Here  is  the reason, as to why he says that:
Because it is the power of God for the salvation of everyone  who believes...”
Despite the fact, that the gospel may be resented by man, it does  not deny the fact that it is powerful!     It is clearly seen in the  words and deeds of Jesus. His Word and His works  changed the world.  The gospel is  the power (Gr. dunamis) of God. Knowing this Paul felt no need to  be embarrassed for coming to Rome. He knew that in the gospel there is a power that would overwhelm  proud Romans !  
How does this power work?  Paul give  three answers.
(i)                  The Gospel provides the power to save (16a). What does the gospel do? It saves sinners from the coming  wrath of God. And it saves in the fullest sense of that word, past, present and future. The gospel has the power to …Forgive sins (past)—Impart new life (present)—Admit into heaven (future).
(ii)                The Gospel provides  the power to save those who believe (16b)  To “believe” means to make a personal commitment to the God  who  has given us the gospel. It is not enough to  hear  and to  pray a sinners prayer.  The gospel must be believed  in the fullest sense  by  hearing it, receiving it  and by a continual  walking in its truth.
(iii)             The Gospel provides  the power to save everyone  who believes 16c : “For I am not ashamed of the gospel , for it is the power of God for salvation to everyone who believes, to the Jew first and also to the Greek.” The gospel has the power to save  all kinds of people in the world without regard to the distinctions that divide us. That’s why Paul wasn’t ashamed to preach the gospel in Rome. He knew it had the power to save anyone who would believe it.
VERSE 17
In verse 17 Paul reveals the second reason why he wasn’t ashamed of the gospel. “For in it (i.e. the gospel )   the  righteousness from God is revealed, a righteousness that is by faith from first to last, just as it is written, ’The righteous will live by faith.’”  This is the text that  woke  Martin Luther  up from the dead !  Why is this such a powerful truth ?
(i)                 Because it reveals a righteousness (17a).  The key word  here is righteousness, which means to have a right standing in God’s eyes. Here is where the greatness of the gospel is clearly seen. It provides for us what we could never provide for ourselves. Righteousness is what we need but do not have. Therefore God, knowing that we could never be righteous on our own, has provided a righteousness which comes  from Him, given to us as a free gift through Christ .That brings us to the second reason why the gospel is so powerful.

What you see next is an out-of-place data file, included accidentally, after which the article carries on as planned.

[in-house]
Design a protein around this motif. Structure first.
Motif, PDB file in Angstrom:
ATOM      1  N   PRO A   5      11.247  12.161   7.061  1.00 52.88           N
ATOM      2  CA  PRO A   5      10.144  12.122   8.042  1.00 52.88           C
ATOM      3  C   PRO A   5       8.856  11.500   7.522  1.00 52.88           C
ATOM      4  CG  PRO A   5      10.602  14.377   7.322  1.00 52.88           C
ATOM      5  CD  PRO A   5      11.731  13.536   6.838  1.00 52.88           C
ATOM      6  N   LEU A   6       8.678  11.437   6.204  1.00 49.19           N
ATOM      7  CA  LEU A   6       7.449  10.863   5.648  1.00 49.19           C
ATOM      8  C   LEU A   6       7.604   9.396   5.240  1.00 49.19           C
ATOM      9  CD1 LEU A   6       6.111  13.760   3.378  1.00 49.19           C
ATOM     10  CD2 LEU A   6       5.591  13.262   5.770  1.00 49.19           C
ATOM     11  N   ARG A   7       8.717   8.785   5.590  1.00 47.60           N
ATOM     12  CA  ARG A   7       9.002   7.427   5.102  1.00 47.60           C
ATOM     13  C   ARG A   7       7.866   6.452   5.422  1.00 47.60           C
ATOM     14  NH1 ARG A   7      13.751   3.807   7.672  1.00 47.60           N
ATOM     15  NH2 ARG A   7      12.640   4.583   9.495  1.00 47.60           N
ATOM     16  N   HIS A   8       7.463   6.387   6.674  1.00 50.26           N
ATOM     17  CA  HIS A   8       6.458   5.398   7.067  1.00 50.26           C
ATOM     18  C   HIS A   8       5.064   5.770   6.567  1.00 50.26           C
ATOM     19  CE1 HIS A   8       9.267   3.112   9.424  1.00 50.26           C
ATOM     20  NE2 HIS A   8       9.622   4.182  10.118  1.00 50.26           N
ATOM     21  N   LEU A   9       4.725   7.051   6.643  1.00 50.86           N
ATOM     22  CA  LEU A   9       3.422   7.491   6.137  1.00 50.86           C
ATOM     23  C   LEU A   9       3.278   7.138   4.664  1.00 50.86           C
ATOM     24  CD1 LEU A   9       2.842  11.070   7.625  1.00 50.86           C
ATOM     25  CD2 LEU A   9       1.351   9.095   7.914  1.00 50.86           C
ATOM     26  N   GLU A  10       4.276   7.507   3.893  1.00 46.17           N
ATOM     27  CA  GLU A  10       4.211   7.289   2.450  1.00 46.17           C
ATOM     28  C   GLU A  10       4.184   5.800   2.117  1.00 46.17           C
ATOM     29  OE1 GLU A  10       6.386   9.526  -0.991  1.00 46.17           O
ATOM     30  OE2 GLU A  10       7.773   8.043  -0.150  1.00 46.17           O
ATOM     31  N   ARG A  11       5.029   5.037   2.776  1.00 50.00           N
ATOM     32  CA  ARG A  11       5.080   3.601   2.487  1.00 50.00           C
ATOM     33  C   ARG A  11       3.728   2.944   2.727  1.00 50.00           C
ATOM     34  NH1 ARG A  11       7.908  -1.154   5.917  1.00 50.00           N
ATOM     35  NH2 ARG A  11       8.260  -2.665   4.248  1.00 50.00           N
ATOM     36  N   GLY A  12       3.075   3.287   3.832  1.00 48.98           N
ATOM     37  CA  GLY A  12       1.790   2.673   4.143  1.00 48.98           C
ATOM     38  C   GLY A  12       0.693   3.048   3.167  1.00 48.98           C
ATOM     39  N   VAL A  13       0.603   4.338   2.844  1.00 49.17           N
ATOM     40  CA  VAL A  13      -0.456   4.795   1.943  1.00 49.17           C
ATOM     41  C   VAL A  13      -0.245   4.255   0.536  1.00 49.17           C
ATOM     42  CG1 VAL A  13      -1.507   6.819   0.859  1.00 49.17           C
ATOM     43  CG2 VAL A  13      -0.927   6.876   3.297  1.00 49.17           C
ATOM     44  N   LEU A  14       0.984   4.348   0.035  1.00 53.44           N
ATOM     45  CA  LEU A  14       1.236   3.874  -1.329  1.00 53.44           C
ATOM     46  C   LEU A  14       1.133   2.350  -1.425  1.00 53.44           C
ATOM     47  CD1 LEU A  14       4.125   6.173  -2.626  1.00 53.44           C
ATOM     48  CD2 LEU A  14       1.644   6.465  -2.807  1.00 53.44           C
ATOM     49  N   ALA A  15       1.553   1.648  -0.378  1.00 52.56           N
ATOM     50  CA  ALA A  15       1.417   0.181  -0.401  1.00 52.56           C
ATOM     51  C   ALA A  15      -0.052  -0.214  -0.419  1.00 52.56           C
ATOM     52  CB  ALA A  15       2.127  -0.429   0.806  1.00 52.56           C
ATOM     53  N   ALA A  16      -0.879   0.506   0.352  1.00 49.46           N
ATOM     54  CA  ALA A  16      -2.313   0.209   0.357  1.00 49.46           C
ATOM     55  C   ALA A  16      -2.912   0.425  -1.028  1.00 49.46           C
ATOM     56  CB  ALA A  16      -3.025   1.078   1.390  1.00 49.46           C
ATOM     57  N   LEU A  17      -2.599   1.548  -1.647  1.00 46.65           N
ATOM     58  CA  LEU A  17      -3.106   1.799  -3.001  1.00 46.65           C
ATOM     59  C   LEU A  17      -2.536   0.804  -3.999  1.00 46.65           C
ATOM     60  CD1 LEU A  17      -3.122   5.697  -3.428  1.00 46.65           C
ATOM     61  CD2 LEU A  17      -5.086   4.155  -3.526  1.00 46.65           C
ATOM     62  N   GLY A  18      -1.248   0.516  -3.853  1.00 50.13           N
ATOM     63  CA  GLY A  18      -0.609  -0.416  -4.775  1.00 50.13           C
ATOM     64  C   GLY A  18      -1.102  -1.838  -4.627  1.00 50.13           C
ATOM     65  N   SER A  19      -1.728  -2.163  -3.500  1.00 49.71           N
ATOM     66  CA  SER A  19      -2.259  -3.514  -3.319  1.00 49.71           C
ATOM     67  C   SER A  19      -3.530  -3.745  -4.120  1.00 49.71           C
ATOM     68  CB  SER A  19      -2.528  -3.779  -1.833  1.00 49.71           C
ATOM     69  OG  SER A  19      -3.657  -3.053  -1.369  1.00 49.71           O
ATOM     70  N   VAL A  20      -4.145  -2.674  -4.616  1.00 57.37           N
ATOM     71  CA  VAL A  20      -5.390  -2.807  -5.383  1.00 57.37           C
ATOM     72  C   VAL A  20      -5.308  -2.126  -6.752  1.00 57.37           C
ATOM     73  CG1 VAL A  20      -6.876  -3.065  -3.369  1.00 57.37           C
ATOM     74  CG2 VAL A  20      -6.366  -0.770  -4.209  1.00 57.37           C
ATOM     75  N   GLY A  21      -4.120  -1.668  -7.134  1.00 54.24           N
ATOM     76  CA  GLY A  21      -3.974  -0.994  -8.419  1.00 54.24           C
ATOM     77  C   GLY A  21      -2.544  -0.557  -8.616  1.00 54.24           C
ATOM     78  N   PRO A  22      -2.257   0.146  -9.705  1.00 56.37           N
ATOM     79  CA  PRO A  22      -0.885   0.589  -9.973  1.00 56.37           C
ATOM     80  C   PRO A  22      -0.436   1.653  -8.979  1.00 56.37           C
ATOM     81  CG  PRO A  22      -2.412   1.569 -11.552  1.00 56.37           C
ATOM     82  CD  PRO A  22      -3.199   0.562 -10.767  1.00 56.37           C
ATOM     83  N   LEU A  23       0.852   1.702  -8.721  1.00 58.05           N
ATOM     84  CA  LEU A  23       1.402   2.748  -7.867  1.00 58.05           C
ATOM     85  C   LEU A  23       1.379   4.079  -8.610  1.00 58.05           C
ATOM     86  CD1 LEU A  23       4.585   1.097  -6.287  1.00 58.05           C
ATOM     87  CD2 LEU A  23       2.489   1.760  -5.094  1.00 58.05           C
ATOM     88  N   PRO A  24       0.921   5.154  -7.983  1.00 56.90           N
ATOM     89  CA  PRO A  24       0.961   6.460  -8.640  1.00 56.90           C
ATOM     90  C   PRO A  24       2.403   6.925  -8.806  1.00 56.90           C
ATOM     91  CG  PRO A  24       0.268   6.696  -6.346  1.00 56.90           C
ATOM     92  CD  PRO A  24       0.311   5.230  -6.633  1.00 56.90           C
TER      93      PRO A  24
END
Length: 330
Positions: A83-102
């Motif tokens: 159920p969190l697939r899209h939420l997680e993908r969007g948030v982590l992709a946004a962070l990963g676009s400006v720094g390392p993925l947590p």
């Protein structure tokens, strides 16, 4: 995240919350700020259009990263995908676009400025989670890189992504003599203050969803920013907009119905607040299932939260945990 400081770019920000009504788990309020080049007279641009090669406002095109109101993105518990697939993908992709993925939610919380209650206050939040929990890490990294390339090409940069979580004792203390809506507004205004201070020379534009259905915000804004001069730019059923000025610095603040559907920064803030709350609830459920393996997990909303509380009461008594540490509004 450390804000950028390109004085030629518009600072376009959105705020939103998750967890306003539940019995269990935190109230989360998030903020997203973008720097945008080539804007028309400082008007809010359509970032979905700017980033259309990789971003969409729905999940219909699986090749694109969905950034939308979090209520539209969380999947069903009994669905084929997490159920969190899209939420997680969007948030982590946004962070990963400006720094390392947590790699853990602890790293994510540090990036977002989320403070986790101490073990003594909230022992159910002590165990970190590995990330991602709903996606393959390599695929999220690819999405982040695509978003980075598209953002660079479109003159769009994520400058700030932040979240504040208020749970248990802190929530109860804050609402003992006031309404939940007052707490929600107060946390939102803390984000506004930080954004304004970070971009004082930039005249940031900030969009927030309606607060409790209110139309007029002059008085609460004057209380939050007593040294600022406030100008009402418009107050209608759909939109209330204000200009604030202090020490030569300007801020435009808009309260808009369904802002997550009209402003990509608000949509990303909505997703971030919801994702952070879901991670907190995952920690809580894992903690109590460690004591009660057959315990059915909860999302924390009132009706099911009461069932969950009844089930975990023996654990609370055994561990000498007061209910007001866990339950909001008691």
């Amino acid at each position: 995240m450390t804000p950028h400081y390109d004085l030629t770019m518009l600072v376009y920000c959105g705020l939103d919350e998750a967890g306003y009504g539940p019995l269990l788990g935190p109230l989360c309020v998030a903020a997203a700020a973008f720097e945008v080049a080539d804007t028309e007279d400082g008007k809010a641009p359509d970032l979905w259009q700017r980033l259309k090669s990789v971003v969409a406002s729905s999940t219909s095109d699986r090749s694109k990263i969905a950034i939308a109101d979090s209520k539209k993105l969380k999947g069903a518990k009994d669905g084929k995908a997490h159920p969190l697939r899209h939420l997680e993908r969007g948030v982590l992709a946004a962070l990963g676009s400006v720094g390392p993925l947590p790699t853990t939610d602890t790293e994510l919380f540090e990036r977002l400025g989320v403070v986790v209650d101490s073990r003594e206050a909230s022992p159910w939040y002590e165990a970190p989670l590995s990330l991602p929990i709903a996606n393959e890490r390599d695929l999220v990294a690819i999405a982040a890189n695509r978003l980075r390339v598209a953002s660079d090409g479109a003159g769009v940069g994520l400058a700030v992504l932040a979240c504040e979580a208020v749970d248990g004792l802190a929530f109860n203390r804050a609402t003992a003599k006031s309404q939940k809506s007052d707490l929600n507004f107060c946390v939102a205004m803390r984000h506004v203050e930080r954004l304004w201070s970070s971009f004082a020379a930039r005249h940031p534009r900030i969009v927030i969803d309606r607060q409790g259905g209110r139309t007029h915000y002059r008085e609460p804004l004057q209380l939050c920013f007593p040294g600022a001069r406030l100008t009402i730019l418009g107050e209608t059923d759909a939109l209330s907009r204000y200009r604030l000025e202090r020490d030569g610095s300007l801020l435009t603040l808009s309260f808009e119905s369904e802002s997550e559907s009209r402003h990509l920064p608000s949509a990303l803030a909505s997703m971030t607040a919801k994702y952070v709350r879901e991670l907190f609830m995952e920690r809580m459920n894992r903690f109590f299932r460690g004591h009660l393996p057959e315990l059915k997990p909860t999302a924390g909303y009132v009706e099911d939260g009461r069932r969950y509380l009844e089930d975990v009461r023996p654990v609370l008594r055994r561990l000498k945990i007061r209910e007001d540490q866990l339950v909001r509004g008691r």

(ii)                Because the righteousness that is in the gospel is received only by faith. (17b)  The key word here is faith. In the Greek, it literally reads, “is revealed by faith unto faith.”  (ESV) It has the idea of “faith from first to last.” Everyone who is saved by the gospel  is saved the same way: By faith. It is faith alone and faith always. This answers the great question,  How can I be right with God? The answer is simple: By receiving the righteousness of God that comes only by faith in Jesus  Christ alone. He  is our substitute. He alone  has  righteously kept the righteous law  of God in  His life. You have broken the law  so many times, and in God’s eyes you are unrighteous.  But God in His great love  gave His Son, the Lord Jesus, the Righteous One   to die  the   death that you deserved to die. All that God  now requires of you is to  have faith in Jesus- to trust Him with your whole life.  He is the object of your faith. 
There is a third and final reason why the gospel is so powerful.
(iii)             Because the righteousness  that is in the gospel, which when believed in,  conveys saving faith  to men and women. (17c) To prove his point Paul includes a quotation from the prophet  Habakkuk 2:4:  “The just shall live by faith.” It was this text—quoted by Paul in Romans 1:17—that ultimately shook Martin Luther to the core and brought him to saving faith in Jesus Christ.
FAITH ALONE !
From that  simple and yet profound truth, came the Protestant Reformation.  It saved  the world from the hopeless doctrine of  salvation by  a system of works  or self- justification. It restored the biblical doctrine  of  “Faith” as the operative principle  by which men and women  would be saved, and  so with it the battle-cry of the Reformation became  SOLA FIDE -  “by faith alone.”
So, how much faith does it take to go to heaven? The answer is  this : With whatever you have you must look to Jesus! Saving faith is putting your trust in Jesus Christ and Him alone. In order to do that you have to stop trying to save yourself.
What happened to Martin Luther can happen to you. Those who trust in Christ alone will never be put to shame, not in this life nor in the life to come.
Amen !




[2] see Paul's arguments in 1 Cor 1:18-31